Things are not all good and there are a few caveats to this approach:

  • More manual support and security management – There will be some manual creation of Teams, Folders and permissions. This actually gives us more flexibility in their creation and does benefit the teams but could easily over whelm a support team that is not fluent in PowerShell. Currently we are creating everything manually, however once we have the process solidified PowerShell scripts can be created to automate the process.
  • Build list can get large – When you get many hundreds of build definitions the list of them can get very unwieldy within Team Explorer and Team Web Access. However with the use of permissions to hide other teams build definitions as well as judicious use of team favourites this can be easily mitigated.
  • Test Management lists all Test Plans – Instead of plans being filtered by team on the web (which is not supported anyway in MTM) all are listed. This can make the list long and with use of keywords and tagging we can make it easier to find and connect to the Test Plans for each Team. For example we may begin the name of each plan with the name of the Team to which it pertains. While this is more of a pain than it needs to be for now I believe that TFS v.Next will resolve this issue.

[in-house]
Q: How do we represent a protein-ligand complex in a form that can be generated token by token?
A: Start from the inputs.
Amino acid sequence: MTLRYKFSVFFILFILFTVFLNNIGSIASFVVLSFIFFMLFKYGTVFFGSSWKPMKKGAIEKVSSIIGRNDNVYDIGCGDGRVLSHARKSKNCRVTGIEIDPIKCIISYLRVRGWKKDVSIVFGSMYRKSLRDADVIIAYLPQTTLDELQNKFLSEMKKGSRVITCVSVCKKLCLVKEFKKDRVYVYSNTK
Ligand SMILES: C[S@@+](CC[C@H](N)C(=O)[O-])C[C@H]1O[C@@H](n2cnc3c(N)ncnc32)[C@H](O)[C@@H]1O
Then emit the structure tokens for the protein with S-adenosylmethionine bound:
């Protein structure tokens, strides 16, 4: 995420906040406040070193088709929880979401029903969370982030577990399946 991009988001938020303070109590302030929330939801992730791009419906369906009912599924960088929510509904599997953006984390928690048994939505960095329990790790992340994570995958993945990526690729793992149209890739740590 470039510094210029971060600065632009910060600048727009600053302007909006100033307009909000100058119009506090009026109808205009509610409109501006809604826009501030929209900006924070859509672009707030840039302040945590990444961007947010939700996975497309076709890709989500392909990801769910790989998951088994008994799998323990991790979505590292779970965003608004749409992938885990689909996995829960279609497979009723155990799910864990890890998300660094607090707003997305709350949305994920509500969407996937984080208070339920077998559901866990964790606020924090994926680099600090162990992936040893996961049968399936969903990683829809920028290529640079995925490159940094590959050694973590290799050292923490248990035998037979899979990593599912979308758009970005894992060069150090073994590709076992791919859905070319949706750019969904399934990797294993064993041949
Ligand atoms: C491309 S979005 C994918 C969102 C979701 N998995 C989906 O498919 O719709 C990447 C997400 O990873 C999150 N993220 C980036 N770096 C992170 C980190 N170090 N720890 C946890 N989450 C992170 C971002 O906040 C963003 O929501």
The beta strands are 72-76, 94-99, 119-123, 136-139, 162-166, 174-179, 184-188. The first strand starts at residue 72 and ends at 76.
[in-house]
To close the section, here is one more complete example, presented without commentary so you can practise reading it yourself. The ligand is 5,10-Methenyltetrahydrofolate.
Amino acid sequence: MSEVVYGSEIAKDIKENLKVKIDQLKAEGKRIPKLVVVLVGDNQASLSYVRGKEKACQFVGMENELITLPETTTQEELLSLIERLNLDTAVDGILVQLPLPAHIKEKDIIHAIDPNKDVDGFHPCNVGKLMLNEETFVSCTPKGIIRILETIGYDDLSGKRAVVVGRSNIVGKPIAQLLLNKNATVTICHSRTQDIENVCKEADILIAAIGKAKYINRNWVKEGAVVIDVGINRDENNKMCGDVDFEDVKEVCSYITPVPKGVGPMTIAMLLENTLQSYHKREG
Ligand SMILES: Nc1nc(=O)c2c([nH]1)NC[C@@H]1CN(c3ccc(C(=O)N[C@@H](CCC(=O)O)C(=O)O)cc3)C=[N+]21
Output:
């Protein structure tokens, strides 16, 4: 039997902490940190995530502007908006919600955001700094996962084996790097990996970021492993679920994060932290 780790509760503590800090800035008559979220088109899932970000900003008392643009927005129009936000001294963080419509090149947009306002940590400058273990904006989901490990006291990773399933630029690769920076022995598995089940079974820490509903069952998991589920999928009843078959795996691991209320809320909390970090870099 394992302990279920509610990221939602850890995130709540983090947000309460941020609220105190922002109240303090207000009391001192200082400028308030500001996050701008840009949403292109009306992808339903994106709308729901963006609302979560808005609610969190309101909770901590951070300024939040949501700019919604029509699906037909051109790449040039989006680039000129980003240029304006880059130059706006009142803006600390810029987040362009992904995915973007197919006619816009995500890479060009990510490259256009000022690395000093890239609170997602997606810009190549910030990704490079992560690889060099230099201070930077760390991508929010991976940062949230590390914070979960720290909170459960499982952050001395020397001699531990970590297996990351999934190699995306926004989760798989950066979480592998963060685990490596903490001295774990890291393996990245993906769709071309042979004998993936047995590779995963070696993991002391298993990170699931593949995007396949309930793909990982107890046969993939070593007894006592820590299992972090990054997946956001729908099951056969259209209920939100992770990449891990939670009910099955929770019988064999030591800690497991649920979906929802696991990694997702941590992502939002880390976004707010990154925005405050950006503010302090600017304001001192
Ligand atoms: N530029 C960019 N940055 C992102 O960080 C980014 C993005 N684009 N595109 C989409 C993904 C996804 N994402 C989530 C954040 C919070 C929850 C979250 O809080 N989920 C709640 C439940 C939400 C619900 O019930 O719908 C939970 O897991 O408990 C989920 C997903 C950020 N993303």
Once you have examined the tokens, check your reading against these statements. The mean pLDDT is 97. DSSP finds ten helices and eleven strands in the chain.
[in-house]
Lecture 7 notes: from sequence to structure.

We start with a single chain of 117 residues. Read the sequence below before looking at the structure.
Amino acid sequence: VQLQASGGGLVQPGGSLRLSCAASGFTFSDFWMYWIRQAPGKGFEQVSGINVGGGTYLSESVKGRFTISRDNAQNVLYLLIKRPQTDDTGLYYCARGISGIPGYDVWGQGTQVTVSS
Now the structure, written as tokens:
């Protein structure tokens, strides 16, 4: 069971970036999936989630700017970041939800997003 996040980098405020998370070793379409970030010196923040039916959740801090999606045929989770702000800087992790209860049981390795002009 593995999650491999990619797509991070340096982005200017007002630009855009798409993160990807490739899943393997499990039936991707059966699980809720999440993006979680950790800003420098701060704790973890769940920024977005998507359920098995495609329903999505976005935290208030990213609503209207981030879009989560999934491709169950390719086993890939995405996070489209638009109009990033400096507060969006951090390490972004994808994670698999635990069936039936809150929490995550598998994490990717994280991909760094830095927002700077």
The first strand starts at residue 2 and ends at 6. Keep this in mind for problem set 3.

These issues however are small in comparison to the benefits that are gained by the single Team Project and Team Field approaches detailed above.

How have you solved your organisational requirements in Team Foundation Server?

-Every company deserves working software that successfully and consistently meets their customers needs on a regular cadence. We can help you get working software with continuous feedback so that your lean-agile teams can deliver continuous value with Visual Studio ALM, Team Foundation Server & Scrum. We have experts on hand to help improve your process and deliver more value at higher quality.